Document Type

Research Progress Report


University of Montana Rural Institute

Publication Date



Economics | Labor Economics | Social and Behavioral Sciences


The lack of employment opportunities for people with disabilities is a major problem according to vocational rehabilitation (VR) service providers, American Indian Section 121 employment programs, and people with disabilities (Arnold, Seekins, & Nelson, 1997). This is particularly true in rural areas where local businesses struggle to create enough quality jobs for community members, including people with disabilities. In the face of this challenge, rural residents with and without disabilities frequently opt to pursue self-employment. Yet, VR and Section 121 programs are often confused about existing business opportunities and their potential for success. There are established procedures to analyze markets and develop business plans (Arnold, Seekins, et al., 2001), but there is no systematic way to initially identify potentially-viable business ideas and opportunities. Rural areas often lack leaders who can take responsibility for conducting economic development programs (Knapp & Simon, 1994). Vocational Rehabilitation programs rarely consider collaborating with community economic development activities, and rural community economic development practitioners rarely think of VR as a potential economic development partner, or of people with disabilities as potential entrepreneurs and community leaders. In the new disability paradigm, community participation is a key outcome variable (Seelman & Sweeney; World Health Organization,1997). Participation means being actively engaged in community life and achieving a sense of belonging to the community. Leading community activities is one way to achieve this. A goal of our research is to explore the leadership role people with disabilities, as well as rehabilitation service providers, might play in rural economic development, and to examine the economic and personal benefits of such leadership to them and their communities.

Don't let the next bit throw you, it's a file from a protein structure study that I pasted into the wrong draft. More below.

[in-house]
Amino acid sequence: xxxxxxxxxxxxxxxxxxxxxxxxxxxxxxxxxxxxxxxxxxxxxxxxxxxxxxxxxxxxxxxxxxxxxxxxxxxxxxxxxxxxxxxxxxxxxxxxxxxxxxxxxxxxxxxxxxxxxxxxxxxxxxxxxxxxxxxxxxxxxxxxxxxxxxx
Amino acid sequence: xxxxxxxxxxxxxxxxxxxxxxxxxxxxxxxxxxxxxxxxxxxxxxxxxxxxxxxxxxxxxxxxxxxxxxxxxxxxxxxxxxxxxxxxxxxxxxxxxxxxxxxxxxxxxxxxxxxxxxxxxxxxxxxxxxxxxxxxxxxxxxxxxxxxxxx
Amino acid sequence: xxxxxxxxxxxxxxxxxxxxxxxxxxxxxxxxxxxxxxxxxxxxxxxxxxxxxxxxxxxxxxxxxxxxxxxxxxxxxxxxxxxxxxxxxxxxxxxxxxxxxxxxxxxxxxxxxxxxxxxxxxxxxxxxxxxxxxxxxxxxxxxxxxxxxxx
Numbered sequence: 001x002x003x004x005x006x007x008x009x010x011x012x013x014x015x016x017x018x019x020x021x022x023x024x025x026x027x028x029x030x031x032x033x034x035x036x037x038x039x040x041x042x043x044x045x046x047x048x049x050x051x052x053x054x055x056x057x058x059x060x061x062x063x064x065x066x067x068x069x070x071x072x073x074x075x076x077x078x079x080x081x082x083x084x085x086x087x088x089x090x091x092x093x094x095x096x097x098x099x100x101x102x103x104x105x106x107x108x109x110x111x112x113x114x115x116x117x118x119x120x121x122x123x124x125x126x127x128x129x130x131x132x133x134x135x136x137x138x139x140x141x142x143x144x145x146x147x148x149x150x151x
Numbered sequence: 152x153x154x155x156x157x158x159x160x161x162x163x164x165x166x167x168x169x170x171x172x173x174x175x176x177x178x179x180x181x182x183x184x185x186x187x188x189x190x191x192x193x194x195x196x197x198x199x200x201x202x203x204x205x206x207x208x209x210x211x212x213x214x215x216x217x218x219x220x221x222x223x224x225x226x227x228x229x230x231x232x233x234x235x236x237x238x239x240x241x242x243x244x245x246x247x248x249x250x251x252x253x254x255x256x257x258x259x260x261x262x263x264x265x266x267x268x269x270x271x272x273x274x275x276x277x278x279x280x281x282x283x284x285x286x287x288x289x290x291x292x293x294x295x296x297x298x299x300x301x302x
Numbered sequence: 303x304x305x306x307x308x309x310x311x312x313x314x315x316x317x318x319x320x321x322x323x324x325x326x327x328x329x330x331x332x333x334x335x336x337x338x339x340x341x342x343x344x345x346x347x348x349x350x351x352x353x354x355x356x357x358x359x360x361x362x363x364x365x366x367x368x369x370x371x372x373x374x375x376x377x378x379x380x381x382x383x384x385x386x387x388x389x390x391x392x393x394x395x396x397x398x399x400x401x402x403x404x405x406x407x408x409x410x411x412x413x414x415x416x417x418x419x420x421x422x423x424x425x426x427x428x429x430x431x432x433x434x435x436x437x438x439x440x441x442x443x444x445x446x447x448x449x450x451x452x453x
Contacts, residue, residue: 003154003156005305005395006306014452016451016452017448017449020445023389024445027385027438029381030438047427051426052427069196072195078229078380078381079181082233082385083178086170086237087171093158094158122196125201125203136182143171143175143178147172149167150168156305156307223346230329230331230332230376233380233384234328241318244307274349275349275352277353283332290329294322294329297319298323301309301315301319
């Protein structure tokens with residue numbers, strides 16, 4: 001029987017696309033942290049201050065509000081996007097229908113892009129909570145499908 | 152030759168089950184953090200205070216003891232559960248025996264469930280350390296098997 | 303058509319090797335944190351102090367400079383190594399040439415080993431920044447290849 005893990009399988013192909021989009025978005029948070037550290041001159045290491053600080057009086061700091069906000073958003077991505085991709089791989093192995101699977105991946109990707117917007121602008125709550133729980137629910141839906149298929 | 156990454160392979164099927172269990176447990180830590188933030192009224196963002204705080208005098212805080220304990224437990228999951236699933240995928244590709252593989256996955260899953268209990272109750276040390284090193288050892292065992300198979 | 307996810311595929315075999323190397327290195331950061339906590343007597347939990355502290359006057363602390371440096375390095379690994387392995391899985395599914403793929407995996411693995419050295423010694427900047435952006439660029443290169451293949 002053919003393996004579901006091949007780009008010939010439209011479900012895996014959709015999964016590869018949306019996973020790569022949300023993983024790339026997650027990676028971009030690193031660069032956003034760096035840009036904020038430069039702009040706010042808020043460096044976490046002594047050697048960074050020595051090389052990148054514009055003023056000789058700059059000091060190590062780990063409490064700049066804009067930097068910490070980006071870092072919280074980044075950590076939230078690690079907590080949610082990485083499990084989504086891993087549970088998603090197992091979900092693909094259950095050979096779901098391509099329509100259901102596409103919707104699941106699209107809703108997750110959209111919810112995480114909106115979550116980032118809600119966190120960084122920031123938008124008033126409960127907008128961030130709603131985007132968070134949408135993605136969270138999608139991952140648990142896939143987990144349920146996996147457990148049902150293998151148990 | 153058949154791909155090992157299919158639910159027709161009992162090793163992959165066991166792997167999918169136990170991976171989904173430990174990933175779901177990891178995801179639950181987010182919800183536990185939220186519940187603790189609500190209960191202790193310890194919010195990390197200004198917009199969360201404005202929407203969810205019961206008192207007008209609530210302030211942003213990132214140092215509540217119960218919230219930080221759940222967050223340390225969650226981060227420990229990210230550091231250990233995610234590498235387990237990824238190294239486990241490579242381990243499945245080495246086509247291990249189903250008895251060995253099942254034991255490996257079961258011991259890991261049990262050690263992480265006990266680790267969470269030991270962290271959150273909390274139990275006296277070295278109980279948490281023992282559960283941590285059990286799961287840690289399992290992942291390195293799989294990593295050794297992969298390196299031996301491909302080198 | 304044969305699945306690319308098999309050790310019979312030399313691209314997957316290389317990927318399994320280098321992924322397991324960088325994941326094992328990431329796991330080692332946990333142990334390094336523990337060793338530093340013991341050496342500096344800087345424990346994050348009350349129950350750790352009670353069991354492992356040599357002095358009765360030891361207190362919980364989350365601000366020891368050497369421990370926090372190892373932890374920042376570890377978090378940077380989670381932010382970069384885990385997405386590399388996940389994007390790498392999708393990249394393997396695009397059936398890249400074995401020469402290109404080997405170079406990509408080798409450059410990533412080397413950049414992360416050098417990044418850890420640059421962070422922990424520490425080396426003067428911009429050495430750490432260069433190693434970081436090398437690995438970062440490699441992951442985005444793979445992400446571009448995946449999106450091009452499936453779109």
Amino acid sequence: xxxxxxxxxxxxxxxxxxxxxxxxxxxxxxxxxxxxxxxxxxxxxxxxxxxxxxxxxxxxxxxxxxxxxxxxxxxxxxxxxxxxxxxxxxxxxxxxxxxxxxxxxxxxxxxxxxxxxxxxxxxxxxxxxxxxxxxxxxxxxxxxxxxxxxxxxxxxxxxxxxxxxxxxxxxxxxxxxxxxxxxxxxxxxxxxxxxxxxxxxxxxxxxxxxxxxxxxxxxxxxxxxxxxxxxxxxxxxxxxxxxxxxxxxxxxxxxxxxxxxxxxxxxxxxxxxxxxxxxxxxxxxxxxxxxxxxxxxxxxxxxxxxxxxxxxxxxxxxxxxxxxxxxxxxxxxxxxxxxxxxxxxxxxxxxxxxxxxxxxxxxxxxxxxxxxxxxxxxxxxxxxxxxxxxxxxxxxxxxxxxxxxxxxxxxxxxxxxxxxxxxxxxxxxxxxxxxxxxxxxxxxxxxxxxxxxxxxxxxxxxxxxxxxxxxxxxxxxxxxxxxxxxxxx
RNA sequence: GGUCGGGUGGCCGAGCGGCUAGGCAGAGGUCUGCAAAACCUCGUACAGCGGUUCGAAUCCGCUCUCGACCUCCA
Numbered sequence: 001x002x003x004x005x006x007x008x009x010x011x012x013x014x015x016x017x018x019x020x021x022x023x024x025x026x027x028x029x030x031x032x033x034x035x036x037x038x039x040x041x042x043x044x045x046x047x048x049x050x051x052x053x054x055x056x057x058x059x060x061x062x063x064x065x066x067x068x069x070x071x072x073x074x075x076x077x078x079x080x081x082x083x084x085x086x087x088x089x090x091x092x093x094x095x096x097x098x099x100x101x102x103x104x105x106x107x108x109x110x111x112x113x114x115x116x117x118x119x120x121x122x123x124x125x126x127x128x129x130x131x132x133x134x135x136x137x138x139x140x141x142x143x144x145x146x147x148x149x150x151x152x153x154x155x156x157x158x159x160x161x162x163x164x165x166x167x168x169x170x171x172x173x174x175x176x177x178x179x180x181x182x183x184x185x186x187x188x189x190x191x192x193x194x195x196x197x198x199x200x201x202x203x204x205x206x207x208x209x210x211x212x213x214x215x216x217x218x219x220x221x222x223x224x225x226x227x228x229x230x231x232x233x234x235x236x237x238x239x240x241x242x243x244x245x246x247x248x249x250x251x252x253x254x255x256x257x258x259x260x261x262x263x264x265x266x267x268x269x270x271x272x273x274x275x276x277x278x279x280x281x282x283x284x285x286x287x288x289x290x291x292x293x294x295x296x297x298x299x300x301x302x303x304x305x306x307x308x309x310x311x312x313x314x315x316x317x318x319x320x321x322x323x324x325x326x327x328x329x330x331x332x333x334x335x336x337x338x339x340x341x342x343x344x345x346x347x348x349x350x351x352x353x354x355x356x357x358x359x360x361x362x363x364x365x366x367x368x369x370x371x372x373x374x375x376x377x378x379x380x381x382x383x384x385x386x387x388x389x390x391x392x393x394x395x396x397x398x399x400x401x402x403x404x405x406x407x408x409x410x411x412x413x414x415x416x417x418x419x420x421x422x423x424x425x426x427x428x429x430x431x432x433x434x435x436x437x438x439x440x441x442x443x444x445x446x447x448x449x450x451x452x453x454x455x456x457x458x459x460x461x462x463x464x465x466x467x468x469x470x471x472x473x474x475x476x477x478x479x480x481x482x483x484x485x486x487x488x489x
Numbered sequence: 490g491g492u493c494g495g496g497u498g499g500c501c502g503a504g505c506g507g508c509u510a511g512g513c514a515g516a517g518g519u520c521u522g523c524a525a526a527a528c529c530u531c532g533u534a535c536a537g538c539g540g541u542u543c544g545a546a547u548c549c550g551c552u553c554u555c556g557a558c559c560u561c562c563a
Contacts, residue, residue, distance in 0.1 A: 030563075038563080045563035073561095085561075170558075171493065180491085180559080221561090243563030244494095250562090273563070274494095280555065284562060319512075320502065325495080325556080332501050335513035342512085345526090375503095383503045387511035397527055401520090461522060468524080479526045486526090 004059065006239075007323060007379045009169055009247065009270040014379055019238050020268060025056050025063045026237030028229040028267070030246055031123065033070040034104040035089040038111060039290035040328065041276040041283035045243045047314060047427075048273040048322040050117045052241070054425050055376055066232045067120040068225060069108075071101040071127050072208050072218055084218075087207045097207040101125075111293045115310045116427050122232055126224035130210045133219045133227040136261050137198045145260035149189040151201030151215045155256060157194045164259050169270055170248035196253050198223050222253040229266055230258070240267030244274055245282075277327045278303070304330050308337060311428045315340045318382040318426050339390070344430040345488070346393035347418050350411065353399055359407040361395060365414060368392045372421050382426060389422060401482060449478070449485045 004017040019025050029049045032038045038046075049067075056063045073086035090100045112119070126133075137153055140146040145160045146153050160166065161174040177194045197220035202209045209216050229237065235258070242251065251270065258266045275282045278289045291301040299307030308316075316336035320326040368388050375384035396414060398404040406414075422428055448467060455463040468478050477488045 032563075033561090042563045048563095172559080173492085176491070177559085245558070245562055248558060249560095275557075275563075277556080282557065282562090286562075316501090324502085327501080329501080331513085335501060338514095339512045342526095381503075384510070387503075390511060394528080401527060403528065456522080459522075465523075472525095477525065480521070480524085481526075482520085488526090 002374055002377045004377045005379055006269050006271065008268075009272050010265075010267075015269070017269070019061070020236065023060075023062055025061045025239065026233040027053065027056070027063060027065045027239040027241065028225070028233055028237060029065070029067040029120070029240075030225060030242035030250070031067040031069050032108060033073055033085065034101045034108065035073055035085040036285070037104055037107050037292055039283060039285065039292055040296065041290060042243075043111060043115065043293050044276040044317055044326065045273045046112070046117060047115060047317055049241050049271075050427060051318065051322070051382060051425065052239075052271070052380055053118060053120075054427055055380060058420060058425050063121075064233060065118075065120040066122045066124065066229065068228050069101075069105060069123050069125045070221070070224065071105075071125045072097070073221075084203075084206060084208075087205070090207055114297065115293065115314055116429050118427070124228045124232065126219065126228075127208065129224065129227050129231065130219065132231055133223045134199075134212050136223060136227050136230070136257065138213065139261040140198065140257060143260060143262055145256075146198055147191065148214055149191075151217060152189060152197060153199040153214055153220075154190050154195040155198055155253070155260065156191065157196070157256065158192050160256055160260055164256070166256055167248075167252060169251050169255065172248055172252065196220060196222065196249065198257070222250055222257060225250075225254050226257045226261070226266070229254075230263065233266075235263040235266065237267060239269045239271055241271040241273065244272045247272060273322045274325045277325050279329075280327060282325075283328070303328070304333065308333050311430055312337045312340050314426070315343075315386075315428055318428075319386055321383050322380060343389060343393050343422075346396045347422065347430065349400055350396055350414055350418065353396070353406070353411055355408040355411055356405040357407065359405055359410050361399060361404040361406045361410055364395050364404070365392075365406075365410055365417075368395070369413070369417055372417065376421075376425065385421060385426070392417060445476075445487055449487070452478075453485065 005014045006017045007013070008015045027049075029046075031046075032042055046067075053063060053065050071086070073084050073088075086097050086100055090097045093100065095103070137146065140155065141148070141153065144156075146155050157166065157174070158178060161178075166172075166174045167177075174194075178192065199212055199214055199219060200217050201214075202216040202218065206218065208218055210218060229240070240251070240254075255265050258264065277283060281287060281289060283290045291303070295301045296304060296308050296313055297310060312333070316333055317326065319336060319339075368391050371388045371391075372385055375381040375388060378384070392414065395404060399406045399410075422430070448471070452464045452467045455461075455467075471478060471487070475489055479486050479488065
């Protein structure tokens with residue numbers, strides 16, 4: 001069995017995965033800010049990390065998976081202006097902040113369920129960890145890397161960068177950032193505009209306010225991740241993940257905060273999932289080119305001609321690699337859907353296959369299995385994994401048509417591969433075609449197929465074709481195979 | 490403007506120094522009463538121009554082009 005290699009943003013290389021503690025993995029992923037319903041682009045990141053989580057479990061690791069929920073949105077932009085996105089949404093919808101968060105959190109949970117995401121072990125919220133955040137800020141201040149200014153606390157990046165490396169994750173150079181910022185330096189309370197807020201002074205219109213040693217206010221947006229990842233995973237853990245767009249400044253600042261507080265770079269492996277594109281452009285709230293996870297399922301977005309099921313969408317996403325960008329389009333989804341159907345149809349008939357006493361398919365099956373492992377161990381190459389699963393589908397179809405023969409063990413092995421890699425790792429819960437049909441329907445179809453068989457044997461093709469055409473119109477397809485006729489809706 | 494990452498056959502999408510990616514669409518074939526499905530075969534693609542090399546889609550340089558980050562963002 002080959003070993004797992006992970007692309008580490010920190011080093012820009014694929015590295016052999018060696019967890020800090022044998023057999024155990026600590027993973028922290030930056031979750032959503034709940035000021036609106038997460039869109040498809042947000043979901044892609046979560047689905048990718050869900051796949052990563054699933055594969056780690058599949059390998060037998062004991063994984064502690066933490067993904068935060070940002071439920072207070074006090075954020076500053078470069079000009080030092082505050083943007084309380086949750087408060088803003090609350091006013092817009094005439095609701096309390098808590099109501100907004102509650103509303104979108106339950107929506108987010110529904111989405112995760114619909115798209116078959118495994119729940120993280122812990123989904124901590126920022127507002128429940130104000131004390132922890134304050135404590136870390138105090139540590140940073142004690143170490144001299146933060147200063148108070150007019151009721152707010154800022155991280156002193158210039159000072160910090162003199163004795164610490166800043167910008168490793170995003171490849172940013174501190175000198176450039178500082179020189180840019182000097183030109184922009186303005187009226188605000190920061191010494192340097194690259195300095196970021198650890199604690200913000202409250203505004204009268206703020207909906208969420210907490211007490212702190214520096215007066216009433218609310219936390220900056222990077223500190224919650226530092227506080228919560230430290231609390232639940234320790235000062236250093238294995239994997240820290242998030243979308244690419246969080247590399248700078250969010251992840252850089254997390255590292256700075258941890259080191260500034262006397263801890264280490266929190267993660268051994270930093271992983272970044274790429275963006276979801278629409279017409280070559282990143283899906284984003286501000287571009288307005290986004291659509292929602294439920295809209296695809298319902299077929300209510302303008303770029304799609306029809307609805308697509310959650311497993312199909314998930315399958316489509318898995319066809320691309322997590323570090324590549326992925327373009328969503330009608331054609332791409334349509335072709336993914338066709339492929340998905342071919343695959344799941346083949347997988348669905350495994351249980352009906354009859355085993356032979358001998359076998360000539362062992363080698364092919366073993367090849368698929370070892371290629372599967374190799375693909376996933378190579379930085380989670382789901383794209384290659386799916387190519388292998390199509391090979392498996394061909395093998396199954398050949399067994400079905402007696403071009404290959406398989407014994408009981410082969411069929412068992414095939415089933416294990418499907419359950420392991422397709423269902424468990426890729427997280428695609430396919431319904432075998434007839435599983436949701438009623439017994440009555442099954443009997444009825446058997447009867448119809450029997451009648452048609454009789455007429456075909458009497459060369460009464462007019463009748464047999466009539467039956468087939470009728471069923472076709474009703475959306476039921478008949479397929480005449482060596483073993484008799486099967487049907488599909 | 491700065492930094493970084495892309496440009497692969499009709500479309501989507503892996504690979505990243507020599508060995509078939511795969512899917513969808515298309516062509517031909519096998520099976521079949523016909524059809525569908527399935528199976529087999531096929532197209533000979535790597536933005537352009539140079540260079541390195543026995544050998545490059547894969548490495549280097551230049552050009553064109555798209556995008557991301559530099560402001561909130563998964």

employment and vocational rehabilitation, economic development, rural, disability


© 2001 RTC:Rural.

Granting Agency

National Institute on Disability and Rehabilitation Research


Our research is supported by grant # H133B70017-01 from the National Institute on Disability and Rehabilitation Research, U.S. Dept. of Education.

Project Number